This spate of killings is, strangely, largely a background issue for the film, with all of the violence occurring safely offscreen. And even when the body count rises so high that the city imposes a curfew, the focus remains solely on Charlotte and her steady disconnection from reality. Is Charlotte in danger? Is Joe the killer? Is Charlotte? Is any of this really happening? Raboy isn’t interested in providing many direct answers, and even as the film builds to a climactic end-of-summer party, it drifts further into dreamlike abstraction.

Appearing in every scene, Young certainly manages to command the screen, though she isn’t given too many different notes to hit, with her performance confined to a narrow range of ambiguously haunted disorientation. As Olivia, Cline is responsible for providing virtually all of “The Giant’s” scant bursts of liveliness, humor and spontaneity, and the film’s pulse quickens with almost every scene she’s in. Hardly anyone else has the chance to make much of an impression.

Raboy certainly has style to spare, and as much as a viewer might be frustrated by some of his choices, there’s always a clear intention behind them. One just hopes his next film will let us in on what those intentions are.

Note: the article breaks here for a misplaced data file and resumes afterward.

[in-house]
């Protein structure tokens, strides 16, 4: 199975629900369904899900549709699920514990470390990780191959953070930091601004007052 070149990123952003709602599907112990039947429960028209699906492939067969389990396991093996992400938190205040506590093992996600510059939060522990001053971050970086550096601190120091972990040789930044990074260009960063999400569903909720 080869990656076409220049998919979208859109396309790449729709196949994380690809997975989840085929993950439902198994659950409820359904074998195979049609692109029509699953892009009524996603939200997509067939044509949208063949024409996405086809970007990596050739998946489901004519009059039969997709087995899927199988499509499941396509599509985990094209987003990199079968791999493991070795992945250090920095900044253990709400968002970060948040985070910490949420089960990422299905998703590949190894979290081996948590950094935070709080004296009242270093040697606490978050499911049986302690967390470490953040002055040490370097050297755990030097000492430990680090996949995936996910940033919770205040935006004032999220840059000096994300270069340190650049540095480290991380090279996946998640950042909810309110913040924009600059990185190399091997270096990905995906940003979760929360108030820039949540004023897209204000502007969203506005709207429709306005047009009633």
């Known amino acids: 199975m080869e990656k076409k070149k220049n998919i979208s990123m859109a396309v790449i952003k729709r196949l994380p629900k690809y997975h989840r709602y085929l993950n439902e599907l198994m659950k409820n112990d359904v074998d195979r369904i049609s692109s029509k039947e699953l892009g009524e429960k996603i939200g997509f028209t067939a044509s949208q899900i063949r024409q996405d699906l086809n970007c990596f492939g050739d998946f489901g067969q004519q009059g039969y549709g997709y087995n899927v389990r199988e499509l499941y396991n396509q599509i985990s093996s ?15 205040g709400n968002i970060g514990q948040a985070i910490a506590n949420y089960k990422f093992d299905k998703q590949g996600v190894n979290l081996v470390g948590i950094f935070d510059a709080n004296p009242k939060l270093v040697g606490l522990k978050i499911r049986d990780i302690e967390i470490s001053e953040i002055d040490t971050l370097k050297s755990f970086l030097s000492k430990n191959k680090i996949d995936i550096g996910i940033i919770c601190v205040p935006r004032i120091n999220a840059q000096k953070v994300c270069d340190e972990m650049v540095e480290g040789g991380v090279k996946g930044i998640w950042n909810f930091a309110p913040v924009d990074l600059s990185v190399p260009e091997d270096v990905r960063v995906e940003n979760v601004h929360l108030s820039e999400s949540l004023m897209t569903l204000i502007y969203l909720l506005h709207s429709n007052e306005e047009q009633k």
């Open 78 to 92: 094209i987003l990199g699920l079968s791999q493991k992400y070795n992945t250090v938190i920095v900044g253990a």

Popular on Variety

Toronto Film Review: 'The Giant'

Reviewed at UTA screening room, Los Angeles, August 22, 2019. (In Toronto Film Festival - Discovery)

Production: A Camera Ready Pictures presentation of a Bogie Films, Vixens, Extra A production. Produced by Dennis Masel, Daniel Dewes, Rachael Fung, Gary Farkas, Clement Lepoutre, Olivier Muller.

Crew: Directed, written, edited by David Raboy. Camera (color): Eric Yue. Music: Ari Balouzian.

With: Odessa Young, Ben Schnetzer, Jack Kilmer, Madelyn Cline, Danny Ramirez, PJ Marshall

More Film

  • Joker

    Why 'Joker' Is About All of Us (Column)

    Take a look at the photo above. It’s the most poetic image to have emerged from Todd Phillips’ “Joker,” and the reason I say “poetic” isn’t just because the shot has that caught-in-action indelible vibe of a quintessential movie poster: graphic, hauntingly composed, a bit shocking (at least, the first time you see it). It’s [...]

  • Angelina Jolie is Maleficent in Disney’s

    'Maleficent: Mistress of Evil' Rules International Box Office With $117 Million

    Though Disney’s “Maleficent: Mistress of Evil” stumbled at the domestic box office, the Angelina Jolie-led sequel enjoyed a far stronger start overseas. The follow-up to 2014’s fantasy adventure inspired by the “Sleeping Beauty” villain took off with $117 million from 56 international markets. In North America, “Maleficent: Mistress of Evil” debuted with a meager $36 [...]